Arts Curriculum

Painting

We rebel against the spineless admiration for old canvases, old statues and old objects, … and we deem it unjust and criminal that people habitually disdain whatever is young, new, and trembling with life. —“Manifesto of the Futurist Painters,” co-written by Giacomo Balla9

 

Painting

Giacomo Balla, Abstract Speed + Sound (Velocità astratta + rumore), 1913–14. Oil on unvarnished millboard in artist’s painted frame, 54.5 x 76.5 cm. The Solomon R. Guggenheim Foundation, Peggy Guggenheim Collection, Venice 76.2553.31 © 2014 Artists Rights Society (ARS), New York / SIAE, Rome. Photo: Courtesy Solomon R. Guggenheim Foundation, New York

Throughout its life span, Futurism remained committed to innovative painting techniques that used dynamic movement and fractured forms to break with existing notions of space and time.

Giacomo Balla’s (1871–1958) Abstract Speed + Sound (1913–14) presents an abstracted depiction of how a car alters the landscape through which it passes—including sound, light, and even odor. In this work, crisscross motifs represent changes to sound as the car moves. Balla developed the idea for this painting while observing the reflections of cars as they raced past shop windows and their forms and trajectories became infinitely multiplied and unrecognizable.

By the 1930s, the dizzying aerial imagery of Futurism’s final incarnation, aeropittura (aerial painting), dominated, combining interests in speed, technology, nationalism, and war. The Italian military’s success in aviation coupled with notable daring flights launched the airplane into the spotlight.

The five panels of Benedetta’s (1897–1977) Syntheses of Communications (1933–34) extol multiple modes of communication: marine, aerial, overland, radio, telegraphic, and telephonic. The panel, Synthesis of Aerial Communications (1933–34), depicts houses as specks among geometric patterns as if the viewer were high in the sky.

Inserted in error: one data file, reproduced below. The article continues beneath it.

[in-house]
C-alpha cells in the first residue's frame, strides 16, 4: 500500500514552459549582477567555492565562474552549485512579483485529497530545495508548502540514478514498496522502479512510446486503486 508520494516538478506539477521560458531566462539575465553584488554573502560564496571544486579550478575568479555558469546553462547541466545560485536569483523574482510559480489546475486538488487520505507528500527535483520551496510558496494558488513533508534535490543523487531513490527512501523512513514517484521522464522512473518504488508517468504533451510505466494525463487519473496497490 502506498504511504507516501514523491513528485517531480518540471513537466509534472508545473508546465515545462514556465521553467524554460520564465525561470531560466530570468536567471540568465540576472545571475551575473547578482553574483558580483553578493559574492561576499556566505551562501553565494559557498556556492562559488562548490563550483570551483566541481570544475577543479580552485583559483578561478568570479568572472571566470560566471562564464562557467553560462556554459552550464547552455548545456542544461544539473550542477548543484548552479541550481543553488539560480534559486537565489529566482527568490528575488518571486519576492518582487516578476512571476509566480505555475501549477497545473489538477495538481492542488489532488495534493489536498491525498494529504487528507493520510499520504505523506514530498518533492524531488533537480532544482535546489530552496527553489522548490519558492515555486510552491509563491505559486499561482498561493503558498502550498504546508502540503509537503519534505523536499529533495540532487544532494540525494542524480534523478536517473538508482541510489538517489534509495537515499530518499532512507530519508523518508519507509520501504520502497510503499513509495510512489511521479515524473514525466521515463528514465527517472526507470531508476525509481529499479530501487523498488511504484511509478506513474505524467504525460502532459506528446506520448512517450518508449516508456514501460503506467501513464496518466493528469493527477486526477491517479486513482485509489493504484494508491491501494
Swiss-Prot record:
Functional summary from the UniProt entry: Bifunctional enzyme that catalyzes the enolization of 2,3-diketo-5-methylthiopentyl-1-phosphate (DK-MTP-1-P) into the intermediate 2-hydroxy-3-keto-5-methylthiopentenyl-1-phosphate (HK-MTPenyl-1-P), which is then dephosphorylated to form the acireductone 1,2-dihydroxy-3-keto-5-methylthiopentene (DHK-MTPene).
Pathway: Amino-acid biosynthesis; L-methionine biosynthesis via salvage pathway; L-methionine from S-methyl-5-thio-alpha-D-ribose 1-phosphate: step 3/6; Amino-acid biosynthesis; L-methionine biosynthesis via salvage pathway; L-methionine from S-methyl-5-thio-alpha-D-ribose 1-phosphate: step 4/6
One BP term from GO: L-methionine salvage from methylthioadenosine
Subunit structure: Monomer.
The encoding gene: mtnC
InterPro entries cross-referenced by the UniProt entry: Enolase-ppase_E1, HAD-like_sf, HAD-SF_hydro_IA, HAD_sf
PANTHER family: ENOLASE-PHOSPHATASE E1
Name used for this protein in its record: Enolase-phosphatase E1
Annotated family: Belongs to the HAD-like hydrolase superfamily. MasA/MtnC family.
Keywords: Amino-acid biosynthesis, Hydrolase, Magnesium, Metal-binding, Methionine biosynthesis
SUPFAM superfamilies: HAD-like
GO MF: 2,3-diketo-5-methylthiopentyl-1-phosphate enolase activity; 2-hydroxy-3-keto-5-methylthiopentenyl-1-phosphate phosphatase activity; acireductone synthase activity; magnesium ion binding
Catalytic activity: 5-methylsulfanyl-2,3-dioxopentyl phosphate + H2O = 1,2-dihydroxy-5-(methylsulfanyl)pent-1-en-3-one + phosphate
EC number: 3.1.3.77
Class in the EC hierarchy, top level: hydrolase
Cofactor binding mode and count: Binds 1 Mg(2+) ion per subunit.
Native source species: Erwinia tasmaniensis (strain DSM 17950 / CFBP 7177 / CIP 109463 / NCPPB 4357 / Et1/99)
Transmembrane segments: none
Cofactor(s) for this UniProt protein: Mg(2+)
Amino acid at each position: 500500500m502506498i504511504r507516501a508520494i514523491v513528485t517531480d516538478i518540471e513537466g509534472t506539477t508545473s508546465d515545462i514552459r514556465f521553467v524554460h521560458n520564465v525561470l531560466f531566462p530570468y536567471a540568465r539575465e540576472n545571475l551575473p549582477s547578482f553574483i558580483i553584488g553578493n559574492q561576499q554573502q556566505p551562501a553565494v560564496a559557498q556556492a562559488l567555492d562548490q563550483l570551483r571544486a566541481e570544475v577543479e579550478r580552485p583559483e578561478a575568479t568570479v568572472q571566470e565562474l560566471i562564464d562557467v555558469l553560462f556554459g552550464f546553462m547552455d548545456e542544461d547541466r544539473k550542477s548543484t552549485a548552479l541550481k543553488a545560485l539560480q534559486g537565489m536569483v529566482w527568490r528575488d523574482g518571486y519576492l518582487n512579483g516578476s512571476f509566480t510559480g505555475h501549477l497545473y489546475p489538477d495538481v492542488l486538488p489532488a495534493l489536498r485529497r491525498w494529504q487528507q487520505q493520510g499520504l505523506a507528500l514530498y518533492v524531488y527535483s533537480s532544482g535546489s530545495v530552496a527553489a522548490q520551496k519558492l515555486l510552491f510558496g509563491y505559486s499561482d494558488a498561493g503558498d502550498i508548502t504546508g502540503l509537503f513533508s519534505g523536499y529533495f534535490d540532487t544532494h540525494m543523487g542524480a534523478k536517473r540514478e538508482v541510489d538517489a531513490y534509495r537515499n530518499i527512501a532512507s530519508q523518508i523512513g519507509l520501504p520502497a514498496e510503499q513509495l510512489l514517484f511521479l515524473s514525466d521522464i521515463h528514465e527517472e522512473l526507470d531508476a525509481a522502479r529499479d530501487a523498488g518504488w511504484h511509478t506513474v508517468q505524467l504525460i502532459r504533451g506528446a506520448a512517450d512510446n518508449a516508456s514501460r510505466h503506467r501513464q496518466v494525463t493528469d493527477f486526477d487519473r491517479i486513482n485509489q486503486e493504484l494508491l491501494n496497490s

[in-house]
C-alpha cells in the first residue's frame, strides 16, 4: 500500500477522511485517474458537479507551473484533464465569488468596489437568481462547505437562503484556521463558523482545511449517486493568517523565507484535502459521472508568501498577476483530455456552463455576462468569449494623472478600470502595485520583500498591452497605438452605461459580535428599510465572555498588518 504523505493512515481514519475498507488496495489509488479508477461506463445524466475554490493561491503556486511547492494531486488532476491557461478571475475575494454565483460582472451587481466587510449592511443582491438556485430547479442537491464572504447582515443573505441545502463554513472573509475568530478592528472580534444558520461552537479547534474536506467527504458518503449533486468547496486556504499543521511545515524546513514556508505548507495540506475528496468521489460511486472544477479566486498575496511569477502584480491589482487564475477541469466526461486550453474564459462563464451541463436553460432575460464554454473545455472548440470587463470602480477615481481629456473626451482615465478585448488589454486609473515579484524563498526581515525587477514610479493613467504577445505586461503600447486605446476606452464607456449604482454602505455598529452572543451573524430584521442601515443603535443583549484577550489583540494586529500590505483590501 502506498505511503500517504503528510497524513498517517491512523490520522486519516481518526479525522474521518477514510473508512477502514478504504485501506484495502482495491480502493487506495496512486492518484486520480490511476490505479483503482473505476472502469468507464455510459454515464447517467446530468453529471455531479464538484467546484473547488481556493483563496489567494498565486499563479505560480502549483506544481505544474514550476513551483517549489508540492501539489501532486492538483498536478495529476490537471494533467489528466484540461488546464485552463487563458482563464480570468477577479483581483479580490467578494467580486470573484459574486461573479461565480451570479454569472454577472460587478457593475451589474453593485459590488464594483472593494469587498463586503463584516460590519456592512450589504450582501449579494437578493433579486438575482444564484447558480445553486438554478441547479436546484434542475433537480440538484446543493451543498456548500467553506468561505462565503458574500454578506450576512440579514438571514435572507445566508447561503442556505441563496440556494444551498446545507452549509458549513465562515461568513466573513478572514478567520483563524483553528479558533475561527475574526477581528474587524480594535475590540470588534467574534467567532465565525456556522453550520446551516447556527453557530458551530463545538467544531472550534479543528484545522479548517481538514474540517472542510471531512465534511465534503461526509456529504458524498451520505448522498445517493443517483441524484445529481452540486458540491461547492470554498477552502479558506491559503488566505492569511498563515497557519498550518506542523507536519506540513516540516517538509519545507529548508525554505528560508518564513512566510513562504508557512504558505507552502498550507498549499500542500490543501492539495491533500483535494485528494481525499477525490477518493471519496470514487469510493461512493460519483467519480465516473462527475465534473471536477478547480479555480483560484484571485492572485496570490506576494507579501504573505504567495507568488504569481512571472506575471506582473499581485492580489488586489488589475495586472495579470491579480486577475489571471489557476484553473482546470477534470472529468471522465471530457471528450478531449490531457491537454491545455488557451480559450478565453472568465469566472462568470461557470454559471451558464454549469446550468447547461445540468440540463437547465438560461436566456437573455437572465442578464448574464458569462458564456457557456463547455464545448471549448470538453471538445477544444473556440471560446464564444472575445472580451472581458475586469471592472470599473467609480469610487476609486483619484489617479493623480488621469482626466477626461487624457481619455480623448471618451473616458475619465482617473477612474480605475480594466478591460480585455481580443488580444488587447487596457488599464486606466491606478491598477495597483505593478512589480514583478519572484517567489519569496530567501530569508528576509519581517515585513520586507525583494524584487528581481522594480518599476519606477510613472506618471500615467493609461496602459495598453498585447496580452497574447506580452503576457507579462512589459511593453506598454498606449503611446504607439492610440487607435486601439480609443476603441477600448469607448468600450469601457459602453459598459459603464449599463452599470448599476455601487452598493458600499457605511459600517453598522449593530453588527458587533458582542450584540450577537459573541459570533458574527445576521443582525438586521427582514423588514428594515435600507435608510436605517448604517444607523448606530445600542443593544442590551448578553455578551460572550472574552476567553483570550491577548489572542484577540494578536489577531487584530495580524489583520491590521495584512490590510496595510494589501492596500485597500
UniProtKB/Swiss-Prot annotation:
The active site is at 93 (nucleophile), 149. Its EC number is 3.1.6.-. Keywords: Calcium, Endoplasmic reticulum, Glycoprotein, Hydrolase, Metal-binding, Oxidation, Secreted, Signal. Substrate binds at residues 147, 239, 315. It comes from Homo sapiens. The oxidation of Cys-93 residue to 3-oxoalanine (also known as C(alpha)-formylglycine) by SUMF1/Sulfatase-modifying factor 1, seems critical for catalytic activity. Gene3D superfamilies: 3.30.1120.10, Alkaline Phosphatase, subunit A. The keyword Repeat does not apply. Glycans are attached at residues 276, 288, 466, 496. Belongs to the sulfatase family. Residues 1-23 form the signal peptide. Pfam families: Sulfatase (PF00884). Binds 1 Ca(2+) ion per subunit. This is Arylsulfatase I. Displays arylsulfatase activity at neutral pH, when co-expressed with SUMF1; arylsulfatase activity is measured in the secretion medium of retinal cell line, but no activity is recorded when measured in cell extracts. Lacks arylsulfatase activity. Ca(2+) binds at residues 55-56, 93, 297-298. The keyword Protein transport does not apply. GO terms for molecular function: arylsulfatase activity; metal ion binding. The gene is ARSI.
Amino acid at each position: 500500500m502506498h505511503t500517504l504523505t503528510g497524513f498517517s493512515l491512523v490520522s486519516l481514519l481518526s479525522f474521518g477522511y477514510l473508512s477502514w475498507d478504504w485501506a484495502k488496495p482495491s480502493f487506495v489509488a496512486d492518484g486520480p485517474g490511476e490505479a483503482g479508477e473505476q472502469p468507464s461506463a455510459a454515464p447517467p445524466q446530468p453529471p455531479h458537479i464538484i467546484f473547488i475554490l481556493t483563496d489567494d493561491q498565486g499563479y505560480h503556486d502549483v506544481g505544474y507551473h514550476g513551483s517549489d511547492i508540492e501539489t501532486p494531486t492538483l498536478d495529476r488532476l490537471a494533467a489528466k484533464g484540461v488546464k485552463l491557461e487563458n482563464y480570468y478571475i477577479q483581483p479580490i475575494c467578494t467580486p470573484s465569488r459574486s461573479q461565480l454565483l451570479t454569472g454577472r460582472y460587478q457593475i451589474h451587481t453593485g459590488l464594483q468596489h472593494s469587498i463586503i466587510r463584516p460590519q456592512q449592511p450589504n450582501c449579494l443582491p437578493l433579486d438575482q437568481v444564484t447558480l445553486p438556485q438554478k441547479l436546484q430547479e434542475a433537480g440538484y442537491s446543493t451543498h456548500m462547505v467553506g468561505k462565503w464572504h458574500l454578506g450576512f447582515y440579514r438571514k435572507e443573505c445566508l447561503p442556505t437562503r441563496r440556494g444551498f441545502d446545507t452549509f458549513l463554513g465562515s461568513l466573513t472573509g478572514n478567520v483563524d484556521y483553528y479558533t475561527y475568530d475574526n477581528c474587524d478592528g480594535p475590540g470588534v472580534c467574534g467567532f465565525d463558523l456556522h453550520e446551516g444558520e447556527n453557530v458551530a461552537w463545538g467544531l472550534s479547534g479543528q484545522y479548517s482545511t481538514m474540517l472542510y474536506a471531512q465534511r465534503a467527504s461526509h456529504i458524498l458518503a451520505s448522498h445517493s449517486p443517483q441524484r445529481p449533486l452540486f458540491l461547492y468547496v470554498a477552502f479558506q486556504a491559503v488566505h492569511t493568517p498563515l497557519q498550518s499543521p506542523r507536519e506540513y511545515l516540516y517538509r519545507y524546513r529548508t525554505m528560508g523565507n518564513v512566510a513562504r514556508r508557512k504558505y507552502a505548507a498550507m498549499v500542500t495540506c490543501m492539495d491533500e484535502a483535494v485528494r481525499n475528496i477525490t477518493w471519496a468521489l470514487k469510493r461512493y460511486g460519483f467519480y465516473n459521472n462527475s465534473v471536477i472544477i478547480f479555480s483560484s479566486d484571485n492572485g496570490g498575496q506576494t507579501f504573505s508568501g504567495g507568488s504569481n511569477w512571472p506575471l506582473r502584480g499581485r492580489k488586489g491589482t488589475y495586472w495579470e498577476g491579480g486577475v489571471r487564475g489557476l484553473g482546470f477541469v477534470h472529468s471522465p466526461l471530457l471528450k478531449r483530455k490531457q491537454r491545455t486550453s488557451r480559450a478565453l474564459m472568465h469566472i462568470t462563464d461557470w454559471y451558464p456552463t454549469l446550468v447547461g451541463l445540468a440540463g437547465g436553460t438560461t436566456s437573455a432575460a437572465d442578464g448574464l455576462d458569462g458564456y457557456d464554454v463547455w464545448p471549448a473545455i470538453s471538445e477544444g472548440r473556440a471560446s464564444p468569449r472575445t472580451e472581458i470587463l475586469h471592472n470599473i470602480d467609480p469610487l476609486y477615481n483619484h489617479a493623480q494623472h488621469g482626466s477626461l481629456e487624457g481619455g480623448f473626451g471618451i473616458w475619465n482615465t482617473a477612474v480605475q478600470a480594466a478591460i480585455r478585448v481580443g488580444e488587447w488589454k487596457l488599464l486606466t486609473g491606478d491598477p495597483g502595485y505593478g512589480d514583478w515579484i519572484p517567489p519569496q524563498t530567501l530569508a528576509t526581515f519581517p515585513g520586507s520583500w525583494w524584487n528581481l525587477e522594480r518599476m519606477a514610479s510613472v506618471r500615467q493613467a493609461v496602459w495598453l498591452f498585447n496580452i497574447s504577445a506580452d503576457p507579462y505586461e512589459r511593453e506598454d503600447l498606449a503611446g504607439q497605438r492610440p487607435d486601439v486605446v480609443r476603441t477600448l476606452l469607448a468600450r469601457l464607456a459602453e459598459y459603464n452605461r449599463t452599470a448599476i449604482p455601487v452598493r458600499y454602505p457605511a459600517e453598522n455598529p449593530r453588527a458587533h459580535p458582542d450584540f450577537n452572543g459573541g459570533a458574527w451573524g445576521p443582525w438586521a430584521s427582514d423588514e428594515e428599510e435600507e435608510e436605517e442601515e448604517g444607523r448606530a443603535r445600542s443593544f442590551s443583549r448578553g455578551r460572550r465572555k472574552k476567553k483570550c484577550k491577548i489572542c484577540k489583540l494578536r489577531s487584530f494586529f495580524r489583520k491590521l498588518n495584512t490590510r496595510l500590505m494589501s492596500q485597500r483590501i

These monumental canvases were commissioned to hang in a post office in Palermo, a city in Sicily. Early on, Futurists had been interested in moving beyond the canvas to create a “total environment” and in the 1930s, murals—a perfect fit for panoramic aeropittura—helped revive this notion and the movement.

9. Umberto Boccioni, Carlo Carra, Luigi Russolo, Giacomo Balla, and Gino Severini, “Manifesto of the Futurist Painters,” in Futurism: An Anthology, eds. Lawrence Rainey, Christine Poggi, and Laura Wittman (New Haven: Yale University Press, 2009), p. 62.

Giacomo Balla, Abstract Speed + Sound (Velocità astratta + rumore), 1913–14. Oil on unvarnished millboard in artist’s painted frame, 54.5 x 76.5 cm. The Solomon R. Guggenheim Foundation, Peggy Guggenheim Collection, Venice 76.2553.31 © 2014 Artists Rights Society (ARS), New York / SIAE, Rome. Photo: Courtesy Solomon R. Guggenheim Foundation, New York

Benedetta (Benedetta Cappa Marinetti), Synthesis of Aerial Communications (Sintesi delle comunicazioni aeree), 1933–34. Tempera and encaustic on canvas, 324.5 x 199 cm. Il Palazzo delle Poste di Palermo, Sicily, Poste Italiane © Benedetta Cappa Marinetti, used by permission of Vittoria Marinetti and Luce Marinetti’s heirs. Photo: AGR/Riccardi/Paoloni

 

Show: Abstract Speed + Sound (1913–14)

  • Describe the artist’s choices in terms of elements such as color.
  • Tell students that Balla was inspired by the reflections of racing cars in shop windows. Ask students to look back at the artwork and apply this information to their interpretations. How, if at all, does the car change the environment as it passes?
  • Ask students how Balla has represented the concepts of speed and sound. If there is time, ask students to sketch their own ways of representing speed or sound.
  • Compare Benedetta’s Synthesis of Aerial Communications (1933–34) to Balla’s painting.
  • Tell students the title of Benedetta’s painting and explain that this work belonged to a multi-part mural in which other types of communication were also depicted: marine, overland, radio, telegraphic, and telephonic. Ask students how they see the title reflected in the painting.